This is a story about the detectives at the Jinnan Police Station in Harajuku, Tokyo. Azumi Tsuyoshi, head of the Criminal Affairs Department trusts his staff and usually does not interfere with their investigation. However, one day, a dead body is found in the neighborhood. Toyo Ota, a neighbor, is spotted screaming into a microphone towards the victim's house. Azumi who thought this was strange felt the need to investigate this case himself. He starts talking to her and they become friends, but the next day, Toyo surprises him by saying that she is the one who killed the woman and surrenders to the police. --TBS

Hancho - Netflix

Type: Scripted

Languages: Japanese

Status: Ended

Runtime: 45 minutes

Premier: 2009-04-13

Hancho - Tsukiji fish market - Netflix

The Tsukiji Market (築地市場, Tsukiji shijō), supervised by the Tokyo Metropolitan Central Wholesale Market (東京都中央卸売市場, Tōkyō-to Chūō Oroshiuri Shijō) of the Tokyo Metropolitan Bureau of Industrial and Labor Affairs, is the biggest wholesale fish and seafood market in the world and also one of the largest wholesale food markets of any kind. The market is located in Tsukiji in central Tokyo, between the Sumida River and the upmarket Ginza shopping district. While the inner wholesale market has restricted access to visitors, the outer retail market, restaurants, and associated restaurant supply stores remain a major tourist attraction for both domestic and overseas visitors.

Hancho - History - Netflix

The first market in Tokyo was established by Tokugawa Ieyasu during the Edo period to provide food for Edo castle (nowadays Tokyo). Tokugawa Ieyasu invited fishermen from Tsukuda, Osaka to Edo to provide fish for the castle. Fish not bought by the castle was sold near the Nihonbashi bridge, at a market called uogashi (literally, “fish quay”) which was one of many specialized wholesale markets that lined the canals of Edo (as Tokyo was known until the 1870s). In August 1918, following the so-called “Rice Riots” (Kome Sōdō), which broke out in over 100 cities and towns in protest against food shortages and the speculative practices of wholesalers, the Japanese government was forced to create new institutions for the distribution of foodstuffs, especially in urban areas. A Central Wholesale Market Law was established in March 1923. The Great Kantō earthquake on September 1, 1923, devastated much of central Tokyo, including the Nihonbashi fish market. In the aftermath of the earthquake, the market was relocated to the Tsukiji district and, after the construction of a modern market facility was completed in 1935, the fish market began operations under the provisions of the 1923 Central Wholesale Market Law. Three major markets in Tsukiji, Kanda, and Koto began operating in 1935. Smaller branch markets were established in Ebara, Toshima, and Adachi, and elsewhere. At present, the Tokyo Metropolitan Government's system of wholesale markets includes more than a dozen major and branch markets, handling seafood, produce, meat, and cut flowers. On August 3, 2017, a fire broke out in some of the outer buildings.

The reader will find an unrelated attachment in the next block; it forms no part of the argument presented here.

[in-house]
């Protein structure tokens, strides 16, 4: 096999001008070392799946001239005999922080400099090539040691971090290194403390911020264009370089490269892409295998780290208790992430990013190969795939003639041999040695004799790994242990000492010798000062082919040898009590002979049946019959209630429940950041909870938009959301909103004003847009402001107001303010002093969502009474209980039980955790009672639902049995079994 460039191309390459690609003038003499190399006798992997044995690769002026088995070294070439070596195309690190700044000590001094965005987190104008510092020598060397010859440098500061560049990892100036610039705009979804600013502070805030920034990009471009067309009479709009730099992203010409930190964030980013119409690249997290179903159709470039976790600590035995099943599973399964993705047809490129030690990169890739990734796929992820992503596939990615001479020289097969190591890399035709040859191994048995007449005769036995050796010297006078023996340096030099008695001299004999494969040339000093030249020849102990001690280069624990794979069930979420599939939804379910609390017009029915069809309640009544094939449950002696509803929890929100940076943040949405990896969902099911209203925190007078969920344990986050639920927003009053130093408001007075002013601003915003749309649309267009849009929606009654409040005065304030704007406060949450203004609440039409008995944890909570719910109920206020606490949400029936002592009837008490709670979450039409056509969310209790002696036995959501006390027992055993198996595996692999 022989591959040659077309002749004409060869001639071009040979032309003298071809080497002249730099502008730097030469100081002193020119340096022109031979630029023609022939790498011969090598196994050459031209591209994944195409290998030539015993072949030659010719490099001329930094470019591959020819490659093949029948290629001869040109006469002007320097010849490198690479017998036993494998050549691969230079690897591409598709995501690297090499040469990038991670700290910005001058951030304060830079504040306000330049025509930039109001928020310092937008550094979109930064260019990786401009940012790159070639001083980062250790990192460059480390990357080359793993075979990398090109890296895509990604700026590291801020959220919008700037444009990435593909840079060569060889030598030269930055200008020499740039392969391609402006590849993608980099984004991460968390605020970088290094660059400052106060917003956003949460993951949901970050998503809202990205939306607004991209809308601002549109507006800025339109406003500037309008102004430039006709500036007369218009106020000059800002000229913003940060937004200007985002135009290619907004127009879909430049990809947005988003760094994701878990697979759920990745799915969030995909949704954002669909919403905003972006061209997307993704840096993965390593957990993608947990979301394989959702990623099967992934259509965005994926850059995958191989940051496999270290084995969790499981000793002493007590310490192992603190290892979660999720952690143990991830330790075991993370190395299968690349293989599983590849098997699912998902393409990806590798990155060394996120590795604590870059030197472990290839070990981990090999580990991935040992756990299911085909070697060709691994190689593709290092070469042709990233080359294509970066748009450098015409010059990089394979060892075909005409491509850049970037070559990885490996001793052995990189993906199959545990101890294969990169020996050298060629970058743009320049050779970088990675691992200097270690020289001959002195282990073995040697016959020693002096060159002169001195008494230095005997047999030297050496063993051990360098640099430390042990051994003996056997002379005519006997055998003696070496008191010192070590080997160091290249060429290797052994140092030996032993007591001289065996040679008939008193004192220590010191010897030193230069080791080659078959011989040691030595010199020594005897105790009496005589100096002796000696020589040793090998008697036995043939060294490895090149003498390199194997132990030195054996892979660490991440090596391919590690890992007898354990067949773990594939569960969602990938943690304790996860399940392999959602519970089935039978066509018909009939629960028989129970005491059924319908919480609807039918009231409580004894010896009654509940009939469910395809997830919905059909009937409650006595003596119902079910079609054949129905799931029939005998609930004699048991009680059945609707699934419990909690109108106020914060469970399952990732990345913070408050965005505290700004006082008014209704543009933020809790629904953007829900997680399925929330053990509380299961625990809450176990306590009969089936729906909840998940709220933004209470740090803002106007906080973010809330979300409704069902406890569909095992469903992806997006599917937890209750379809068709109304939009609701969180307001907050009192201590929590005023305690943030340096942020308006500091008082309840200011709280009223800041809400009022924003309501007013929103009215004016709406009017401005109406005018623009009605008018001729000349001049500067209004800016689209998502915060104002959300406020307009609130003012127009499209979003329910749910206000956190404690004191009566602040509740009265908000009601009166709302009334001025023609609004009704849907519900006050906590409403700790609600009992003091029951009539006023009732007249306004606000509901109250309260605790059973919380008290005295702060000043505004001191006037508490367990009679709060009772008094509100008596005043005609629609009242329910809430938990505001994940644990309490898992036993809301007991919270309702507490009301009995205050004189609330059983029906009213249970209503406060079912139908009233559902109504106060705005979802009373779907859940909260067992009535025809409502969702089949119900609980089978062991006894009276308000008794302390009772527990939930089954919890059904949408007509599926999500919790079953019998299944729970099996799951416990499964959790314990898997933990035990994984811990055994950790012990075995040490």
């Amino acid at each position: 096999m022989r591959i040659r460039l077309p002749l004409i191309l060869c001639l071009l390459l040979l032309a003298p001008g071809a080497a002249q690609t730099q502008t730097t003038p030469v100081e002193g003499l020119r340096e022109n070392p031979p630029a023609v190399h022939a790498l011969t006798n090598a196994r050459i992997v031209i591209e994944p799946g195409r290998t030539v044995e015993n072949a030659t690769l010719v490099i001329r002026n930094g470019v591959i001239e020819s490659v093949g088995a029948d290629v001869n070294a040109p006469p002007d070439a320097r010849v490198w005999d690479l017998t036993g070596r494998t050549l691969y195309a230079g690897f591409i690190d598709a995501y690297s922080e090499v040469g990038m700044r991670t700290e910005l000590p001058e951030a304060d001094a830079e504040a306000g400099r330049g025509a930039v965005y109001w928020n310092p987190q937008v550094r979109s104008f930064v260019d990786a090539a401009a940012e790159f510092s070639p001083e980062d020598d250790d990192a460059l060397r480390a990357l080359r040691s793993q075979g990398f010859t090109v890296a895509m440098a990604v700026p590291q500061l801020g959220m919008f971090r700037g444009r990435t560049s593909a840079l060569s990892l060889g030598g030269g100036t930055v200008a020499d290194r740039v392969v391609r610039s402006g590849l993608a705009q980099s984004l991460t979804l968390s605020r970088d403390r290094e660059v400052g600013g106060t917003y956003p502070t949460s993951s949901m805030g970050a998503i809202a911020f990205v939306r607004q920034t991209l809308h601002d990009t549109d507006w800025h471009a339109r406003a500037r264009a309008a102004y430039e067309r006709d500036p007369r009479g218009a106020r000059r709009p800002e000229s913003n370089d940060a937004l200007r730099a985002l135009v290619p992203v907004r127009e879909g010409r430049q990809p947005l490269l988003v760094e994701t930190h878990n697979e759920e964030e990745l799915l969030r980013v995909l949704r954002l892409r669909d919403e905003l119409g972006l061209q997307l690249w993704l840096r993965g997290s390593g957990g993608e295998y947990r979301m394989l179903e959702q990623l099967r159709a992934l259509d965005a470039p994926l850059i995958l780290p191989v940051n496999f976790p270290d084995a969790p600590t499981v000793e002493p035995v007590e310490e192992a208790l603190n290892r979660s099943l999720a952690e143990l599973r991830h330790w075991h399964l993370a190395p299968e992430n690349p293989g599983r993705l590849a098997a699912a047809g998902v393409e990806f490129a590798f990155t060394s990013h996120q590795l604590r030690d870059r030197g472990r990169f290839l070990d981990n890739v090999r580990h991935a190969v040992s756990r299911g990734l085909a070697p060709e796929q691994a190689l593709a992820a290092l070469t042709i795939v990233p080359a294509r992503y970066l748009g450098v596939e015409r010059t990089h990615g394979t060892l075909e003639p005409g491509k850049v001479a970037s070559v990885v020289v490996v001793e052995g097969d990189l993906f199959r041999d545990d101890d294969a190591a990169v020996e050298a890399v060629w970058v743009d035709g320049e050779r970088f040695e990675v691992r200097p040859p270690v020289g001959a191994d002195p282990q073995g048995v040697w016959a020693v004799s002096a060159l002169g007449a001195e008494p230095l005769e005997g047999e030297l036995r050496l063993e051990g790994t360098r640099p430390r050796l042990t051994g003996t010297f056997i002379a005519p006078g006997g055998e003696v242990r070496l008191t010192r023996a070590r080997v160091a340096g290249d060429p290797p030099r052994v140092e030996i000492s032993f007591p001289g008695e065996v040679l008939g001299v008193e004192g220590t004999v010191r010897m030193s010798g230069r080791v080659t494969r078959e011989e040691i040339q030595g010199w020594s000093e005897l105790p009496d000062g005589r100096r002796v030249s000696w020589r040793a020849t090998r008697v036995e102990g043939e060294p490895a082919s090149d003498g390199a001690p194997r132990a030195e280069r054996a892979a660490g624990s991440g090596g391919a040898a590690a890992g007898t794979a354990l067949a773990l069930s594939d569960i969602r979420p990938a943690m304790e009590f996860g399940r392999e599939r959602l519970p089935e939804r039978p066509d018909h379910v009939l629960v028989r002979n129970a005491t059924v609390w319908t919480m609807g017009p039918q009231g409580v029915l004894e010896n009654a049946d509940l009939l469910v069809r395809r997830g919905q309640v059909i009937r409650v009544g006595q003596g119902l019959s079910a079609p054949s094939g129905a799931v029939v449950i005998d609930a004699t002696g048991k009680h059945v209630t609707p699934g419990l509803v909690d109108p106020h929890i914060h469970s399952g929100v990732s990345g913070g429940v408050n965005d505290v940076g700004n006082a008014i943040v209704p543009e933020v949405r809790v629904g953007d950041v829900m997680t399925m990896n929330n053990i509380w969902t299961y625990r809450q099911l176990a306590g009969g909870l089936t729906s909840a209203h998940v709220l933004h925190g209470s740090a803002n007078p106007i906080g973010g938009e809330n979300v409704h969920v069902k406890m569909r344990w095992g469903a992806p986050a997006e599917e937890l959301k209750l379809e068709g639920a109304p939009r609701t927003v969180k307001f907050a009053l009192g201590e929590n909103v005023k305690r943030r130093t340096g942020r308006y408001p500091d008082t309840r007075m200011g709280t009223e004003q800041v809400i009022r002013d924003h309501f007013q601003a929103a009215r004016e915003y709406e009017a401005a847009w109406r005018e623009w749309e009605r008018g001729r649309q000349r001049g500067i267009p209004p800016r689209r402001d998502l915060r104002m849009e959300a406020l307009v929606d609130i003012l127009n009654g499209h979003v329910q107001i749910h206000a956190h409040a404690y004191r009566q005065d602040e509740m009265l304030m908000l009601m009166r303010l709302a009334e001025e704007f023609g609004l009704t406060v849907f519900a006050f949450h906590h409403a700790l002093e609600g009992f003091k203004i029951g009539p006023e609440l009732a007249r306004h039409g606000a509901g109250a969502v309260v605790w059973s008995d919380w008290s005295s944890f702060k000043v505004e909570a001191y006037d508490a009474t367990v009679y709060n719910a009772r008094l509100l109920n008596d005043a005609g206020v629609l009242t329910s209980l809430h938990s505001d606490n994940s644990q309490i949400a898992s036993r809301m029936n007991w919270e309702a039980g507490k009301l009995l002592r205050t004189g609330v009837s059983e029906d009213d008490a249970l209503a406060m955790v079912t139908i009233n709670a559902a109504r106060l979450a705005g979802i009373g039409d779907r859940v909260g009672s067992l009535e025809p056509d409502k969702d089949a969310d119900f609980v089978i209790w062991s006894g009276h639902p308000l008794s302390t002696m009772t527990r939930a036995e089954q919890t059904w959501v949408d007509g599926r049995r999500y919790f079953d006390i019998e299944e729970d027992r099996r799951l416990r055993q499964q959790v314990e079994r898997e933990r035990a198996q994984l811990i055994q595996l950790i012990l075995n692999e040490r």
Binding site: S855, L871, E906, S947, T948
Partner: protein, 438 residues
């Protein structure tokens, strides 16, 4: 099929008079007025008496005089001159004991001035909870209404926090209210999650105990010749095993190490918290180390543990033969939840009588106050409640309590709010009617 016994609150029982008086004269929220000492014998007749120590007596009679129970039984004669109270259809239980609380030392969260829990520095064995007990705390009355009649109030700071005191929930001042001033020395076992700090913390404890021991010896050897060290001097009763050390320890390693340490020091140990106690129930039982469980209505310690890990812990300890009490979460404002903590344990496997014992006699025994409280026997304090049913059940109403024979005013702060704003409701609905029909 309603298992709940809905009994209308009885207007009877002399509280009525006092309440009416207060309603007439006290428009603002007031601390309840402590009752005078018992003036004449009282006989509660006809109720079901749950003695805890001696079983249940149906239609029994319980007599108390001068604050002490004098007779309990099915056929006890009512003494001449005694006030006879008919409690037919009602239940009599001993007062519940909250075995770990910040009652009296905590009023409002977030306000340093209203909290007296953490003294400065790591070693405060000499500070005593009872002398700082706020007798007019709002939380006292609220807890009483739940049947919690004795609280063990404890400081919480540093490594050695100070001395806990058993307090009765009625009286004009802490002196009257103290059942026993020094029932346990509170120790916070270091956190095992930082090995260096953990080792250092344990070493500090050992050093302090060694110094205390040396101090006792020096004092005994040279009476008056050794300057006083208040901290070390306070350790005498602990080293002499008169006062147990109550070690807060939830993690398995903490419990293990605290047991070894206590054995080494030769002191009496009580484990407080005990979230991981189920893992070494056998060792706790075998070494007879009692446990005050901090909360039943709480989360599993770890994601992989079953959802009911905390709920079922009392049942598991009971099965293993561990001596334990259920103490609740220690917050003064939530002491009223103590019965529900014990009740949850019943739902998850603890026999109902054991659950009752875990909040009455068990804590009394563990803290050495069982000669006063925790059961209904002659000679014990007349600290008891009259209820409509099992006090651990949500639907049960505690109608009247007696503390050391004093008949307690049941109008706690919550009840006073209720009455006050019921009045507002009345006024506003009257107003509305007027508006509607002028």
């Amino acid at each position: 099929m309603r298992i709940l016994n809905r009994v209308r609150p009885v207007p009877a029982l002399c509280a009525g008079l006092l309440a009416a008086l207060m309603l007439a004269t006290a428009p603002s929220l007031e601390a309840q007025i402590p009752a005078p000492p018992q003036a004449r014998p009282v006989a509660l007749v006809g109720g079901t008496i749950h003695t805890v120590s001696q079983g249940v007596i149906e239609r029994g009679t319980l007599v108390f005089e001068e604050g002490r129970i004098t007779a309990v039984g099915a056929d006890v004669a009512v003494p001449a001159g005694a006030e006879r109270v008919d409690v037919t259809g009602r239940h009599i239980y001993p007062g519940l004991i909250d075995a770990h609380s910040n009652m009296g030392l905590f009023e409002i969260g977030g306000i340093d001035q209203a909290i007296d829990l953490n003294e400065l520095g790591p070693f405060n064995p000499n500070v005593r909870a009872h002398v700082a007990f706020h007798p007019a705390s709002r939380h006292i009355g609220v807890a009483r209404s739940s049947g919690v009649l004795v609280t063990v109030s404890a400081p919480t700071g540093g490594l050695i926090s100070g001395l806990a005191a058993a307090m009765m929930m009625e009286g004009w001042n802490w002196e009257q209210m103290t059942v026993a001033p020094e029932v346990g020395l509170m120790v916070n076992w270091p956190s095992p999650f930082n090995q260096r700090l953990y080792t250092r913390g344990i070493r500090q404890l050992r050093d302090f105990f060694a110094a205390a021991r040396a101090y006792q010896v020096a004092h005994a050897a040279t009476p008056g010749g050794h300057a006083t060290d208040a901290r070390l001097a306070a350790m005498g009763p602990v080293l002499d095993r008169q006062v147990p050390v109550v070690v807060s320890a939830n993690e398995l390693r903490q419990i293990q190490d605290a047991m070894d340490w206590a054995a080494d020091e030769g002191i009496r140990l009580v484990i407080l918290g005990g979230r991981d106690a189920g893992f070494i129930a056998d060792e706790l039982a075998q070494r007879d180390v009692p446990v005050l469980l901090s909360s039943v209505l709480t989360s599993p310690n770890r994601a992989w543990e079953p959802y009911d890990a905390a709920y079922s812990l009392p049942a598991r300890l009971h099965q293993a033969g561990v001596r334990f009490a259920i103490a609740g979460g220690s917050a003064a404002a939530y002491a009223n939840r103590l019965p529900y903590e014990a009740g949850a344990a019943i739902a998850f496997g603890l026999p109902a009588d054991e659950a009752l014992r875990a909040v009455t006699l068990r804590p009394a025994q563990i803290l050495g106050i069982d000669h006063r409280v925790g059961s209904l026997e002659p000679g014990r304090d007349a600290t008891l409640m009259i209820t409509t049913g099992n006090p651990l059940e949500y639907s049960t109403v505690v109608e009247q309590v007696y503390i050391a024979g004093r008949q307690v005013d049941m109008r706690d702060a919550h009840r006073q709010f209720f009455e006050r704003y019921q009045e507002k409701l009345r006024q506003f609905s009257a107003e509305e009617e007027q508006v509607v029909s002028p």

Hancho - References - Netflix